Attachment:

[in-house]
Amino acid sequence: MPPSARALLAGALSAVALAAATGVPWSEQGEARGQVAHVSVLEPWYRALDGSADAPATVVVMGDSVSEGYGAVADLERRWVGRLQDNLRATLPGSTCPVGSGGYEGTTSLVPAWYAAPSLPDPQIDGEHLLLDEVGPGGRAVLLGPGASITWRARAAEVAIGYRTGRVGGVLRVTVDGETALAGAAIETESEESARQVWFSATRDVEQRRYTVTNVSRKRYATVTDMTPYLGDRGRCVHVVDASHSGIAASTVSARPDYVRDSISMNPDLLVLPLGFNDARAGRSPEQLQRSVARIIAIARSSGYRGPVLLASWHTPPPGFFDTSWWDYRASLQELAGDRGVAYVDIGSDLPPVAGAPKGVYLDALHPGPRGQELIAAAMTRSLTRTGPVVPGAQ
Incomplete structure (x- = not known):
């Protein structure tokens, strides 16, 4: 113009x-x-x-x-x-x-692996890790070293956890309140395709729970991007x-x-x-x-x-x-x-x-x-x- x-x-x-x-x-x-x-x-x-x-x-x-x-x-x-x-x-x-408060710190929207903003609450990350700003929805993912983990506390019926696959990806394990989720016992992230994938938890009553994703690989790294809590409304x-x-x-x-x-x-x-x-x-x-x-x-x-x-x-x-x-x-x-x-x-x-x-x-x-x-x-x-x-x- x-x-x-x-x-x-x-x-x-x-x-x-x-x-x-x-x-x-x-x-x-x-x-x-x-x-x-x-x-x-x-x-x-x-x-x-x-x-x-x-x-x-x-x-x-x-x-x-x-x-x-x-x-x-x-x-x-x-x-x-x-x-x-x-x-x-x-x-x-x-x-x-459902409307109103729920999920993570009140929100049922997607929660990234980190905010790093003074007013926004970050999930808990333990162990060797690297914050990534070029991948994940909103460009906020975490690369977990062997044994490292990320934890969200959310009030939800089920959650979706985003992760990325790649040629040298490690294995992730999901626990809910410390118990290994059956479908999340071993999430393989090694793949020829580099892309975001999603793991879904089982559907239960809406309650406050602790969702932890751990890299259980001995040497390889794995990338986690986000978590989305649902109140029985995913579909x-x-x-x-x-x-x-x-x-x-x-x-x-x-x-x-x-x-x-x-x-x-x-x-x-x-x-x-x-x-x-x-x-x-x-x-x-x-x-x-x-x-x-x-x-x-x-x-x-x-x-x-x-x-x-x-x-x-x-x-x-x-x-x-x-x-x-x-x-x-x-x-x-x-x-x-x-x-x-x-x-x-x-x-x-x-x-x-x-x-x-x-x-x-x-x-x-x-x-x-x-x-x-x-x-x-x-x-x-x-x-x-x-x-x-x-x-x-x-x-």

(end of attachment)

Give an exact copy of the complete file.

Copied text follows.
[in-house]
Amino acid sequence: MPPSARALLAGALSAVALAAATGVPWSEQGEARGQVAHVSVLEPWYRALDGSADAPATVVVMGDSVSEGYGAVADLERRWVGRLQDNLRATLPGSTCPVGSGGYEGTTSLVPAWYAAPSLPDPQIDGEHLLLDEVGPGGRAVLLGPGASITWRARAAEVAIGYRTGRVGGVLRVTVDGETALAGAAIETESEESARQVWFSATRDVEQRRYTVTNVSRKRYATVTDMTPYLGDRGRCVHVVDASHSGIAASTVSARPDYVRDSISMNPDLLVLPLGFNDARAGRSPEQLQRSVARIIAIARSSGYRGPVLLASWHTPPPGFFDTSWWDYRASLQELAGDRGVAYVDIGSDLPPVAGAPKGVYLDALHPGPRGQELIAAAMTRSLTRTGPVVPGAQ
Incomplete structure (x- = not known):
């Protein structure tokens, strides 16, 4: 113009x-x-x-x-x-x-692996890790070293956890309140395709729970991007x-x-x-x-x-x-x-x-x-x- x-x-x-x-x-x-x-x-x-x-x-x-x-x-x-x-x-x-408060710190929207903003609450990350700003929805993912983990506390019926696959990806394990989720016992992230994938938890009553994703690989790294809590409304x-x-x-x-x-x-x-x-x-x-x-x-x-x-x-x-x-x-x-x-x-x-x-x-x-x-x-x-x-x- x-x-x-x-x-x-x-x-x-x-x-x-x-x-x-x-x-x-x-x-x-x-x-x-x-x-x-x-x-x-x-x-x-x-x-x-x-x-x-x-x-x-x-x-x-x-x-x-x-x-x-x-x-x-x-x-x-x-x-x-x-x-x-x-x-x-x-x-x-x-x-x-459902409307109103729920999920993570009140929100049922997607929660990234980190905010790093003074007013926004970050999930808990333990162990060797690297914050990534070029991948994940909103460009906020975490690369977990062997044994490292990320934890969200959310009030939800089920959650979706985003992760990325790649040629040298490690294995992730999901626990809910410390118990290994059956479908999340071993999430393989090694793949020829580099892309975001999603793991879904089982559907239960809406309650406050602790969702932890751990890299259980001995040497390889794995990338986690986000978590989305649902109140029985995913579909x-x-x-x-x-x-x-x-x-x-x-x-x-x-x-x-x-x-x-x-x-x-x-x-x-x-x-x-x-x-x-x-x-x-x-x-x-x-x-x-x-x-x-x-x-x-x-x-x-x-x-x-x-x-x-x-x-x-x-x-x-x-x-x-x-x-x-x-x-x-x-x-x-x-x-x-x-x-x-x-x-x-x-x-x-x-x-x-x-x-x-x-x-x-x-x-x-x-x-x-x-x-x-x-x-x-x-x-x-x-x-x-x-x-x-x-x-x-x-x-």